@ Rabbit - You talking about "Old Thunder" the dreaded college fraternity paddle? I'd certainly choose the belt.
I'd say the excessiveness of the beating might at least warrant a misdemeanor charge, which in that case it would be beyond the statute of limitations now. I imagine that with the video being the only evidence of the act, they could only view it as a misdemeanor, if charges had actually been filed at that time.
I don't know how it will shake out from a legal standpoint.
However, professions such as lawyers, accountants, etc that are regulated by the state have codes of professional conduct. I'm pretty sure this is going to be embarassing enough to those governing bodies that he gets called out for violations of those codes, which likely means he's got a short ass future as a judge.
If Devil and I agree, then it must be universally true.
I'm still laughing inside that after all this time, it's so fitting that the computer was for her a form of solace and comfort in a very dark place (literally), and yet it was the same computer she was beaten for using that came forward years later to her defense.
How many times did she get beaten with the webcam off? I'm sure it was many, many times...
Punishments aside, this guy's reputation is fucked, and I'm pretty sure reputation is important for a judge.
The best part is where a billion children now see a way out of abusive homes.
Four years ago on Wednesday, Jessica Serafin was paddled by her San Antonio charter school principal for breaking a school rule.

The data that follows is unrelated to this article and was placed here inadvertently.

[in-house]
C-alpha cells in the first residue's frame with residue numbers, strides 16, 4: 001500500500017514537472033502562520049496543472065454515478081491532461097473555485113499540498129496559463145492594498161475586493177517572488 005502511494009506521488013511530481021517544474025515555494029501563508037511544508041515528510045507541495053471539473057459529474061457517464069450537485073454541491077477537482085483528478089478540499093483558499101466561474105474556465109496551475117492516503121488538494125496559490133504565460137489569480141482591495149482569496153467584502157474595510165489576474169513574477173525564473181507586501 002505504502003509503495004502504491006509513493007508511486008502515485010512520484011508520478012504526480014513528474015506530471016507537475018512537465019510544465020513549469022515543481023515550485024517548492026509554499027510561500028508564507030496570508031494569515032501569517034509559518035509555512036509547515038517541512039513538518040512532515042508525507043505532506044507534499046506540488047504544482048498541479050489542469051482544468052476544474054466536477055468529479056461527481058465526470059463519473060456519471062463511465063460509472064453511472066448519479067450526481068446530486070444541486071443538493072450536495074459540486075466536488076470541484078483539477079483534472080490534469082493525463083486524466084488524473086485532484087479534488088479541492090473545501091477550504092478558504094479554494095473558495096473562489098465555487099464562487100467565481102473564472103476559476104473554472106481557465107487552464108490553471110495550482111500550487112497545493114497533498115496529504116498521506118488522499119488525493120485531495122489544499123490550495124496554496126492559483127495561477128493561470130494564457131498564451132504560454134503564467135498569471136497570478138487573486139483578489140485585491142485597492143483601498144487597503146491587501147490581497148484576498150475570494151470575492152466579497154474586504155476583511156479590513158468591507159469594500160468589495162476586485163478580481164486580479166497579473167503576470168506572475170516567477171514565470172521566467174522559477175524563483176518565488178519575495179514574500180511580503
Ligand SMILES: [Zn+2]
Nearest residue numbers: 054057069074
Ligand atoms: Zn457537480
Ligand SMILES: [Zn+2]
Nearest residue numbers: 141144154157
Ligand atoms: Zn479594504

Serafin was just a few days past her 18th birthday, making her an adult, and she says in court papers she did not consent to being struck three times by a wooden paddle called "Ole Thunder" after she went off campus to buy breakfast. She sued the school, but has lost so far. She was basically 18 years old and some private school schmuck rolled up his sleeves to paddle her, and the USSC refused to see hear her appeal.
Corporal punishment in schools remains legal in 22 states, according to court papers filed on behalf of the charter school, the School of Excellence in Education.
On Thursday, in a private conference, the justices of the U.S. Supreme Court will decide whether to revisit the legal issues surrounding corporal punishment in schools for the first time in more than 30 years. The court could announce as soon as June 23 whether it will hear the former student's appeal in Serafin v. School of Excellence in Education (Case No. 07-9760).
For some background, the 1977 USSC case Ingraham vs. Wright is what makes corporeal punishment legal in American schools today:
"We are reviewing here a legislative judgment, rooted in history and reaffirmed in the laws of many States, that corporal punishment serves important educational interests," the late Justice Lewis F. Powell Jr. said for the majority in Ingraham.
And don't say illegal downloading, say downloading copyrighted content. It's not "illegal downloading" unless the host is non-complicit, or the data itself is contraband.
In the corporal-punishment appeal, Serafin v. School of Excellence in Education (Case No. 07-9760), the justices declined without comment to hear the case of Jessica Serafin, who was an 18-year-old high school senior when she alleges she was paddled by her school principal for a minor infraction of school rules--leaving the campus of her San Antonio charter school to buy breakfast.
According to the blog she was already 18 and tried to leave school before the punishment.